Runs of homozygosity patterns in beef cattle

Acta Fytotechnica et Zootechnica

View Publication Info
 
 
Field Value
 
Title Runs of homozygosity patterns in beef cattle
 
Creator Olšanská, Barbora
Lehocká, Kristína
Kasarda, Radovan
Moravčíková, Nina
 
Description Received: 2020-10-22 Accepted: 2021-02-08 Available online: 2021-02-28https://doi.org/10.15414/afz.2021.24.mi-apa.7-10The study presents an approach to detect selection signals by the scan of runs of homozygosity (ROH) in two beef cattle populationsbred Slovakia. The frequency and distribution of runs of homozygosity in the genome are affected by natural and artificial selection,recombination rate and structure of the population. After quality control, the final data set included 43,427 single nucleotidepolymorphisms with overall length 2,504 Mb. Across the genome, sixteen regions under strong selection pressure with a totallength of 73.94 Mb were identified. The functional analysis of selection signals revealed several quantitative trait loci for bodystructure, fitness and milk production. In the region with a high frequency of ROH reflecting the intense artificial selection genesrelated mainly to muscle development (MSNT, ROCK1, LAMTOR5) were observed. Besides, genes related to the control of theimmune system (PTX3, FGL2) and reproduction (ADCYAP1R1) were localized within selection signals. The results confirm theintention to improve the production and reproduction traits of Charolais and Limousine cattle according to established breedingobjectives for each breed.Keywords: beef production, genomic region, homozygosity, quantitative traits, signatures of selectionReferencesClarke, A.M. et al. (2009). Intake, live animal scores/measurements and carcass composition and value of late-maturing beefand dairy breeds. Livestock Science, 126, 57–68.Connor, E.E. et al. (2008). Effects of increased milking frequency on gene expression in the bovine mammary gland. BMCGenom, 9, 362.Ferenčakovi ć, M. et al. (2013). Estimating autozygosity from high-throughput information: effects of SNP density andgenotyping errors. Genetics Selection Evolution, 76(4), 325–329.Gaud et, P. et al. (2011). Phylogenetic-based propagation of functional annotations within the Gene Ontology consortium.Brief Bioinform., 12(5), 449–462.Chang, C.C. et al. (2015). Second-generation PLINK: rising to the challenge of larger and richer datasets. Gigascience, 25(4).Marras , G. et al. (2015). Analysis of runs of homozygosity and their relationship with inbreeding in five cattle breeds farmedin Italy. Animal Genetics, 4,110–121.Morav číkov á, N. et al. (2018). Genomic Response to Natural Selection within Alpine Cattle Breeds. Czech J. Anim. Sci., 63(4),136–143.Purfield, D.C. et al. (2012). Runs of homozygosity and population history in cattle. BMC Genet, 13.Randhawa , I.A.S. et al. (2016). A Meta-Assembly of Selection Signatures In cattle. PLOS One, 11(4).Sifuentes, A.M. et al. (2015). Loci asociados con enfermedades genéticas y calidad de carne en bovinos Charolais mexicanos.Revista Mexicana De Ciencias Pecuarias, 6(4), 361–375.Szmato ła, T. et al. (2016). Characteristics of runs of homozygosity in selected cattle breeds maintained in Poland. LivestockScience, 188, 72–80.Szmato ła, T. et al. (2019). A Comprehensive Analysis of Runs of Homozygosity of Eleven Cattle Breeds Representing DifferentProduction Types. Animals, 9(12).Trukhach ev, V. et al. (2015). Myostatin gene (MSTN) polymorphism with a negative effect on meat productivity in DzhalginskyMerino sheep breed. J. BioSci. Biotechnol., 4(2), 191–199.Turner, S.D. (2017). qqman: an R package for visualizing GWAS results using Q-Q and manhattan plots. bioRxiv.Williams , J.L. (2015). Inbreeding and purging at the genomic Level: the Chillingham cattle reveal extensive, non‐random SNPheterozygosity. Animal Genetics, 47(1), 19–27.Wyatt , A.R. et al. (2013). Protease-activated alpha-2-macroglobulin can inhibit amyloid formation via two distinct mechanisms.FEBS Lett, 587(5), 398–403.Zavar ez, L.B. et al. (2015). Assessment of autozygosity in Nellore cows (Bos indicus) through high‐density SNP genotypes.Frontiers in Genetics, 6(5).Zhang, Y. et al. (2015). Runs of homozygosity and distribution of functional variants in the cattle genome. BMC Genomics, 16,542.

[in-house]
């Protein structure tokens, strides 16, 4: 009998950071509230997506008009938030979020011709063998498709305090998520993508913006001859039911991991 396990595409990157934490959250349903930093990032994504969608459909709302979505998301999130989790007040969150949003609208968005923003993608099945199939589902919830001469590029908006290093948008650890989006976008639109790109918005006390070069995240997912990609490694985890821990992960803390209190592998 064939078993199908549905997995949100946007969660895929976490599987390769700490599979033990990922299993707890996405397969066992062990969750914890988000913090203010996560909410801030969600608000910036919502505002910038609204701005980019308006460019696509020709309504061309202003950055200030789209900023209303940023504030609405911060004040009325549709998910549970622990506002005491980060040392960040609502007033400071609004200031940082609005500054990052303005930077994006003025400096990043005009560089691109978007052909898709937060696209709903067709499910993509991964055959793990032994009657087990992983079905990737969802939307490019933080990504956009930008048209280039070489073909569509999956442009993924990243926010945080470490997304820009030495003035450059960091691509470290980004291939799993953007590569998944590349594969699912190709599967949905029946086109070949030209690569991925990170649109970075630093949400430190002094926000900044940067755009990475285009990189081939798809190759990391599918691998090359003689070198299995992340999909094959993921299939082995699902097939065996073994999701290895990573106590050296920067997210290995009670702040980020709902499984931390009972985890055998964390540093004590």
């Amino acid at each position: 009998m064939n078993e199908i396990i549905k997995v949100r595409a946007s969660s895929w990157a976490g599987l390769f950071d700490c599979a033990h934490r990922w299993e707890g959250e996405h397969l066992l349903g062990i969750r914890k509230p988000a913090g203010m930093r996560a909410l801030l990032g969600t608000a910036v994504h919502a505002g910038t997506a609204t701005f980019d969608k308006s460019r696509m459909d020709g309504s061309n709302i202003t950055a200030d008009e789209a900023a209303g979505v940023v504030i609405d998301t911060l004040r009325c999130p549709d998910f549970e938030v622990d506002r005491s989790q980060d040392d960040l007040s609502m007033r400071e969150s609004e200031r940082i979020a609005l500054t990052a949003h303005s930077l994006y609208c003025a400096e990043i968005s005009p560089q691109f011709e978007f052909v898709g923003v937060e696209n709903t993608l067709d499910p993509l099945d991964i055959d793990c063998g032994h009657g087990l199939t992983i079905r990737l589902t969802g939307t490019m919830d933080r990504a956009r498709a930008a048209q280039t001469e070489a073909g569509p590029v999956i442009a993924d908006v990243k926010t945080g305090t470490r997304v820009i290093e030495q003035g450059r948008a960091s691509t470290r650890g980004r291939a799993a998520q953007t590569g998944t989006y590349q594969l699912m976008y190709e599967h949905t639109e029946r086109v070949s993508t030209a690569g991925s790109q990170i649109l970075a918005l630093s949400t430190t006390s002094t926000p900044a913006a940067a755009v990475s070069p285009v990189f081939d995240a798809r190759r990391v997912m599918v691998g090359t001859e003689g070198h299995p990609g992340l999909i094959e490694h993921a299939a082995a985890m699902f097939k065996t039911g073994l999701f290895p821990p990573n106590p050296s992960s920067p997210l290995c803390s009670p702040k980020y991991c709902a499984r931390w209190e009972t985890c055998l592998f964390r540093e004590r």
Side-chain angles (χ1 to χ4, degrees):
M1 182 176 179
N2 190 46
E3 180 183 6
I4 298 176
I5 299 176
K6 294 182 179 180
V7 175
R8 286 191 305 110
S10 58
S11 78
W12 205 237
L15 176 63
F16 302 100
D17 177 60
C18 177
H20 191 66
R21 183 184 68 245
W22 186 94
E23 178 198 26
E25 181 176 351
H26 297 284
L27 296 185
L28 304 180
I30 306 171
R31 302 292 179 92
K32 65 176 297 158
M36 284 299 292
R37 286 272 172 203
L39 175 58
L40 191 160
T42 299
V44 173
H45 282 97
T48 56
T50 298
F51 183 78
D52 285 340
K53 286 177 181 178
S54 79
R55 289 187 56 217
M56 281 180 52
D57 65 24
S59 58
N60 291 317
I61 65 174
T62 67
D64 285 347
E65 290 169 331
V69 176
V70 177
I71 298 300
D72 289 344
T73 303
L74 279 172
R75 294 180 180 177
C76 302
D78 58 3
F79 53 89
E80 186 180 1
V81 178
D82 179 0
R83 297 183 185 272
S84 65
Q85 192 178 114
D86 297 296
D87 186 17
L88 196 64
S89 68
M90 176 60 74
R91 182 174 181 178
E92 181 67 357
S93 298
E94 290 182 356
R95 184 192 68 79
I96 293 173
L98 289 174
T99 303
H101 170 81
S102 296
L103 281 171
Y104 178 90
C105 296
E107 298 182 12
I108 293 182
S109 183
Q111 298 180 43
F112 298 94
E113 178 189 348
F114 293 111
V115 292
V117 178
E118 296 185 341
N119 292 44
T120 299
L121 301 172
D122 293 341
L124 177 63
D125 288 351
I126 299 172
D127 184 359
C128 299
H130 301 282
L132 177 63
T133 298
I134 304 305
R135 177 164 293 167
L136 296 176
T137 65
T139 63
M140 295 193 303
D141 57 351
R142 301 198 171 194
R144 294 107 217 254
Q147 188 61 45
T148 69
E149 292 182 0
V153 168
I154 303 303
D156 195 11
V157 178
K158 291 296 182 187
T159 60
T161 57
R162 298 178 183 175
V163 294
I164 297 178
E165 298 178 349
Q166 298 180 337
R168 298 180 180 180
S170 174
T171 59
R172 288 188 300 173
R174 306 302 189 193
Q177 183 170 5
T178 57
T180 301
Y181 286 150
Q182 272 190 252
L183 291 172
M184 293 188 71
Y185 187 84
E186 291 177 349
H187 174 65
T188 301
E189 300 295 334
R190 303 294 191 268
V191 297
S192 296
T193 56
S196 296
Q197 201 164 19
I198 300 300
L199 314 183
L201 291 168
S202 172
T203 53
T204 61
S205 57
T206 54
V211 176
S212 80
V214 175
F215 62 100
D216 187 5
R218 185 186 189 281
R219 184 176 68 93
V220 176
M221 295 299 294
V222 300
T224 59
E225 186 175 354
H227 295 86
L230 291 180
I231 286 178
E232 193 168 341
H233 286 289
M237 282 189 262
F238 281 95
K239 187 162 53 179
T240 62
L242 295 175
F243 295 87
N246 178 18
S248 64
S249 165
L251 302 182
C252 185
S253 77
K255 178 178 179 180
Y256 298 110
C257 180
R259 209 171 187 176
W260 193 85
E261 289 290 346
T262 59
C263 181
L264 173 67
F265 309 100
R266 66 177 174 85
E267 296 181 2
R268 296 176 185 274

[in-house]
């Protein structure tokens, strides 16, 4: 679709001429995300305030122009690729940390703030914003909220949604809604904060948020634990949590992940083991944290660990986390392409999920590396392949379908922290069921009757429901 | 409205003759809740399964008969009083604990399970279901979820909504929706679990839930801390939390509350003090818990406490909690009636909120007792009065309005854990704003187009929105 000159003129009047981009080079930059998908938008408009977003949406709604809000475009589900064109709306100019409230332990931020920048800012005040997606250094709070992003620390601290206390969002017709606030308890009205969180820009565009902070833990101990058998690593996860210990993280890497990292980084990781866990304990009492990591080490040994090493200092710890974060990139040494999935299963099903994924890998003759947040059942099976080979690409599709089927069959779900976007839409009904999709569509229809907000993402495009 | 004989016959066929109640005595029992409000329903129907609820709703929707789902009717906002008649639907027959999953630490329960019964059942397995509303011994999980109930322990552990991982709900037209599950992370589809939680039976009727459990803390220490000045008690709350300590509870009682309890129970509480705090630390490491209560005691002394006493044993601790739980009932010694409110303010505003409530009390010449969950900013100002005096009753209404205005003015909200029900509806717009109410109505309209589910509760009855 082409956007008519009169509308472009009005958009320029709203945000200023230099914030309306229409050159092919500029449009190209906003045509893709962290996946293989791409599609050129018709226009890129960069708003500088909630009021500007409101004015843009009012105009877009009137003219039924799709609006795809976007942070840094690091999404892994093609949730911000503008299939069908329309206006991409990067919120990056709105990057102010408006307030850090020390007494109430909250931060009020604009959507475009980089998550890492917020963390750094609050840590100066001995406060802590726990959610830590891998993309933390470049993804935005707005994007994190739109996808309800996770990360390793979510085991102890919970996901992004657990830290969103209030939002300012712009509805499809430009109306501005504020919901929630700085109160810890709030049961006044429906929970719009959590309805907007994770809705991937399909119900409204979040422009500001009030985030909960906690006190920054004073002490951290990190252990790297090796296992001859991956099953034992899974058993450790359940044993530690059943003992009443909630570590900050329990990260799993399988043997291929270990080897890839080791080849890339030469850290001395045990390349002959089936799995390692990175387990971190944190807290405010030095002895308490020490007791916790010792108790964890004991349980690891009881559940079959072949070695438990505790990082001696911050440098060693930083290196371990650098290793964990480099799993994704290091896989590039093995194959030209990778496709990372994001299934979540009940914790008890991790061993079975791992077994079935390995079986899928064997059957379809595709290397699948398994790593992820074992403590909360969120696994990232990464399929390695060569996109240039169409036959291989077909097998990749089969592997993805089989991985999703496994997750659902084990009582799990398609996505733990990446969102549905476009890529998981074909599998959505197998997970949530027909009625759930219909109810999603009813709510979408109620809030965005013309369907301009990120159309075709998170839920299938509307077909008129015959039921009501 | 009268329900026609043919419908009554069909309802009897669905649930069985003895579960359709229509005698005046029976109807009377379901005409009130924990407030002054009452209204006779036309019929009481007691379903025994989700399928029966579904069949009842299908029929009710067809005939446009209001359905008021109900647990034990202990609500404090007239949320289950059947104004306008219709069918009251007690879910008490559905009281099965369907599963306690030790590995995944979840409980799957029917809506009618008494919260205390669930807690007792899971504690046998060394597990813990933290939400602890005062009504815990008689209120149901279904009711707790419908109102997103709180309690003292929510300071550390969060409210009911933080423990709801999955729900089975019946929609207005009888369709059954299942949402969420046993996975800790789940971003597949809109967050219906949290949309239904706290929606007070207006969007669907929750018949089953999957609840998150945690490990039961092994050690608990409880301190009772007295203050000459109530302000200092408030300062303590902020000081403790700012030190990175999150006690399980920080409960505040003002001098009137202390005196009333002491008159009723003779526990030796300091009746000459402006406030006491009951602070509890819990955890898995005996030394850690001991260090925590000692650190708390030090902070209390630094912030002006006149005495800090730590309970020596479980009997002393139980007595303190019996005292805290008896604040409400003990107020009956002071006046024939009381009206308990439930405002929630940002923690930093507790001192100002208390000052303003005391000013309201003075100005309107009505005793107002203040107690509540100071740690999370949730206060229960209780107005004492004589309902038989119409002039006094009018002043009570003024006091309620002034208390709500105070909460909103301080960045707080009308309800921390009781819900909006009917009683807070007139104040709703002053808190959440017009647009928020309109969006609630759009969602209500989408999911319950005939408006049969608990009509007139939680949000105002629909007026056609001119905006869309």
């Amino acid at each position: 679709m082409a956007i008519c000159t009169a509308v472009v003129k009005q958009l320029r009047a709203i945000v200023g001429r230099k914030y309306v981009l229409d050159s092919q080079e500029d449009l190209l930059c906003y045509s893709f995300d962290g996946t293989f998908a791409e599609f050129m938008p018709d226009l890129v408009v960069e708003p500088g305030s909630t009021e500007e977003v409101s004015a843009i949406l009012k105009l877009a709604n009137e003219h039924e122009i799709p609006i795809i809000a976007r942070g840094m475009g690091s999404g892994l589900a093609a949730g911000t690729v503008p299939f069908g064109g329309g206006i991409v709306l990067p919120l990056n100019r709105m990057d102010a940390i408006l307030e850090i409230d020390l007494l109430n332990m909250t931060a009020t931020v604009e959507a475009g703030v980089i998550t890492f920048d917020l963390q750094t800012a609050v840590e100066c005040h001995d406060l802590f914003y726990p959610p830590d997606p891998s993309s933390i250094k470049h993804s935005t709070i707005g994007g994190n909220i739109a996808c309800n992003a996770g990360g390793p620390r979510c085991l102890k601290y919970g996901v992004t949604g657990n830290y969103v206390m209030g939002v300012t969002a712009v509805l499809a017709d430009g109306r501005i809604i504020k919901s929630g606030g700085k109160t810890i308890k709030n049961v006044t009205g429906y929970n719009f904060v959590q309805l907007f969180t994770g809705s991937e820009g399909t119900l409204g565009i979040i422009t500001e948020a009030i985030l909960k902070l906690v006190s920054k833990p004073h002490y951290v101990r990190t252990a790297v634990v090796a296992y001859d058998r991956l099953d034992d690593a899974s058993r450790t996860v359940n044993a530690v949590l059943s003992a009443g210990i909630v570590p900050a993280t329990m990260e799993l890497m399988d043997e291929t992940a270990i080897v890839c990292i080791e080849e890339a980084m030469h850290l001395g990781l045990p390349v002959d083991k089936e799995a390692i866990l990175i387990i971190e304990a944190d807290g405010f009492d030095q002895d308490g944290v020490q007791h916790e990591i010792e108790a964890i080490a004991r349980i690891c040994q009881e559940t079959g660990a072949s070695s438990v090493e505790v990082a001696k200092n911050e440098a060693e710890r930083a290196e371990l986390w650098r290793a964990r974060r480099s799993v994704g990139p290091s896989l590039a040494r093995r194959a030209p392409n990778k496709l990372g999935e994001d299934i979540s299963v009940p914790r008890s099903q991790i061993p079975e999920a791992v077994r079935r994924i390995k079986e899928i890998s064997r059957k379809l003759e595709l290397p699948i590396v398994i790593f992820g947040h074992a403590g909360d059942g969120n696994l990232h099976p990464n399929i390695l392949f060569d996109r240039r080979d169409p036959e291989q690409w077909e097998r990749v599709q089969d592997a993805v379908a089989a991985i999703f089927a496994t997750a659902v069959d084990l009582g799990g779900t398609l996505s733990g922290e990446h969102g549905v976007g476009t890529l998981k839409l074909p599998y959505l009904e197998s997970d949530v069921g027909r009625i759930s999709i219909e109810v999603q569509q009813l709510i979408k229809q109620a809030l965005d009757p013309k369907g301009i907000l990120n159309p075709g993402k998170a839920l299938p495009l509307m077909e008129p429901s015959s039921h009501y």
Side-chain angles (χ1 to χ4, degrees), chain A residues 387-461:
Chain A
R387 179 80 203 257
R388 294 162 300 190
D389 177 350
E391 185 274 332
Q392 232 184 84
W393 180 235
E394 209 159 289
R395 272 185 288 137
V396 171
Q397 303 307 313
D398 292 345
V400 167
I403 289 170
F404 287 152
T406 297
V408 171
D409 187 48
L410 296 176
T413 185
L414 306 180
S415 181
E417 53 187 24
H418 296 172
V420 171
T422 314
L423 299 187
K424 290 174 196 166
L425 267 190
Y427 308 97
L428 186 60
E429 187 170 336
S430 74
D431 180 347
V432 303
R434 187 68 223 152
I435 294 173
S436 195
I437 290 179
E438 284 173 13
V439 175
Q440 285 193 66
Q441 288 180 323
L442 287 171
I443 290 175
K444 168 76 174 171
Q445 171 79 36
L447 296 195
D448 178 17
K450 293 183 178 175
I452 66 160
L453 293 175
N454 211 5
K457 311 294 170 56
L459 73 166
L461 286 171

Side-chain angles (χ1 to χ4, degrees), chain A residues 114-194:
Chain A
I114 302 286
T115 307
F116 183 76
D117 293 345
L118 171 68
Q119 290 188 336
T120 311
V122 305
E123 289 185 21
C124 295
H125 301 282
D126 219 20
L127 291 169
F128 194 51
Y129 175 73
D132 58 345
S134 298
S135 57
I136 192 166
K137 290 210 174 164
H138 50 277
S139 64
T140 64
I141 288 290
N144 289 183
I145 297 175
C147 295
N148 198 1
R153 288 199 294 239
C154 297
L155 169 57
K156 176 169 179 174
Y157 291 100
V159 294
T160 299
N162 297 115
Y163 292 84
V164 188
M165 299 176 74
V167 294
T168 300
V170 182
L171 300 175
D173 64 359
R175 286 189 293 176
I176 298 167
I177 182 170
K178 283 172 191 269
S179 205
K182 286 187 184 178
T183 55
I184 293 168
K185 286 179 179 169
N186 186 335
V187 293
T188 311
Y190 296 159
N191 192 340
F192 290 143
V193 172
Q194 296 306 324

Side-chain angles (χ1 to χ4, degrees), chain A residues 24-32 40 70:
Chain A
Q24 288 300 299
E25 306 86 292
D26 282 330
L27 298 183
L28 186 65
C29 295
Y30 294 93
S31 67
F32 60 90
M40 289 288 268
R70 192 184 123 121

Publisher Acta Fytotechnica et Zootechnica
 
Contributor APVV-14-0054 and APVV-17-0060
 
Date 2021-02-26
 
Type info:eu-repo/semantics/article
info:eu-repo/semantics/publishedVersion

 
Format application/pdf
 
Identifier http://www.acta.fapz.uniag.sk/journal/index.php/on_line/article/view/802
 
Source Acta Fytotechnica et Zootechnica; Vol 24 (2021): Actual Concepts in Agrobiology::Invited Editor: Ing. Jaroslav Andreji, PhD.
1336-9245
1336-9245
 
Language eng
 
Relation http://www.acta.fapz.uniag.sk/journal/index.php/on_line/article/view/802/pdf
 
Rights Copyright (c) 2021 Acta Fytotechnica et Zootechnica
 

Contact Us

The PKP Index is an initiative of the Public Knowledge Project.

For PKP Publishing Services please use the PKP|PS contact form.

For support with PKP software we encourage users to consult our wiki for documentation and search our support forums.

For any other correspondence feel free to contact us using the PKP contact form.

Find Us

Twitter

Copyright © 2015-2018 Simon Fraser University Library